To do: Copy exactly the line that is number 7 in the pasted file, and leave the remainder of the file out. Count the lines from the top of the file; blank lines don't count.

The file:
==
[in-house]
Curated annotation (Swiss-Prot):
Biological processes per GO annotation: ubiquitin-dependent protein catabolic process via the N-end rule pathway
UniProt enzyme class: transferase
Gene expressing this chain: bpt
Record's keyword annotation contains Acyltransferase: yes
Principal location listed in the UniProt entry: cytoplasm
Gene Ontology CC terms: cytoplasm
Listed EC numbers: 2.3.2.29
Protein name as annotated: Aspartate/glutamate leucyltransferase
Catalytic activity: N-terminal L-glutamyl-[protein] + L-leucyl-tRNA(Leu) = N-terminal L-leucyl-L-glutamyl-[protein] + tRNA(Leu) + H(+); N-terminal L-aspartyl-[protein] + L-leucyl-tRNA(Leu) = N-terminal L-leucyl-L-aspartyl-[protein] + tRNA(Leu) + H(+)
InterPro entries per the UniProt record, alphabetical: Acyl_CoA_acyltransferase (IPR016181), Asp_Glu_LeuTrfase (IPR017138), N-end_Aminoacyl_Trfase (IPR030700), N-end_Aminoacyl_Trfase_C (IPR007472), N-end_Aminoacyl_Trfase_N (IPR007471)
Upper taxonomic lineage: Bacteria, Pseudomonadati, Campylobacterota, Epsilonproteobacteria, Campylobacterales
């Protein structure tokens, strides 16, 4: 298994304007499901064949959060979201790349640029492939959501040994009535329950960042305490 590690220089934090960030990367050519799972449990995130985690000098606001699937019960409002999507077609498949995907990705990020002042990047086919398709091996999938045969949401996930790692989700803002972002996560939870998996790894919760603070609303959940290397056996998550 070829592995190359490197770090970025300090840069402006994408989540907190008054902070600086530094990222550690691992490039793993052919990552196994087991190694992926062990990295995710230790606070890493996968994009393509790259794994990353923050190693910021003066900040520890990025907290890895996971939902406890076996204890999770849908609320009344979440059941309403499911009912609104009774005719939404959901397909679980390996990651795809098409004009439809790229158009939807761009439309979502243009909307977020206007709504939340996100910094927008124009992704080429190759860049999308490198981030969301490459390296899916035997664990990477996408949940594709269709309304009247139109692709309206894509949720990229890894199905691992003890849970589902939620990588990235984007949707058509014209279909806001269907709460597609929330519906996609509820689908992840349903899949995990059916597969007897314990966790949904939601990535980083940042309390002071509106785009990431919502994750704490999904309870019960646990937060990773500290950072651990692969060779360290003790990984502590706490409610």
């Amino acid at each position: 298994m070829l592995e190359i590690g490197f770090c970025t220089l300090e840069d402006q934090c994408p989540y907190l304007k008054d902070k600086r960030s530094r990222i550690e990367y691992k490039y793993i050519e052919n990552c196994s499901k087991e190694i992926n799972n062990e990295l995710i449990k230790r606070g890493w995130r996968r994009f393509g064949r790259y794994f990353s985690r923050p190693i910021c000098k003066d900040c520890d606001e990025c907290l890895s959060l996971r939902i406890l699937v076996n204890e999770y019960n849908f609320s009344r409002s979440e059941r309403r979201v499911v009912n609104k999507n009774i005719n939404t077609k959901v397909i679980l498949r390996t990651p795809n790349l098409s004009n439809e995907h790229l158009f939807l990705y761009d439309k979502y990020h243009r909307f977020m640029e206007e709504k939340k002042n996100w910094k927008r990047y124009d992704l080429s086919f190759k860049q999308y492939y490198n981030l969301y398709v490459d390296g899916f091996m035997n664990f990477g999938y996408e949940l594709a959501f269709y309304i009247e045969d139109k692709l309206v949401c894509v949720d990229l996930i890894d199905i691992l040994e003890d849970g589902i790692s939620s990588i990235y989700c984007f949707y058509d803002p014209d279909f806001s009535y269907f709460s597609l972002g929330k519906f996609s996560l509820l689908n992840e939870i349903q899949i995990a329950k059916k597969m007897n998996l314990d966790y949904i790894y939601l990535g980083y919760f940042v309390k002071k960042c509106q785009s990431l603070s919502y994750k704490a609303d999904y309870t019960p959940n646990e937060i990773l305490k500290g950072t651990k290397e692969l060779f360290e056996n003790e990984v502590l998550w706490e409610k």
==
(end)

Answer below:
Principal location listed in the UniProt entry: cytoplasm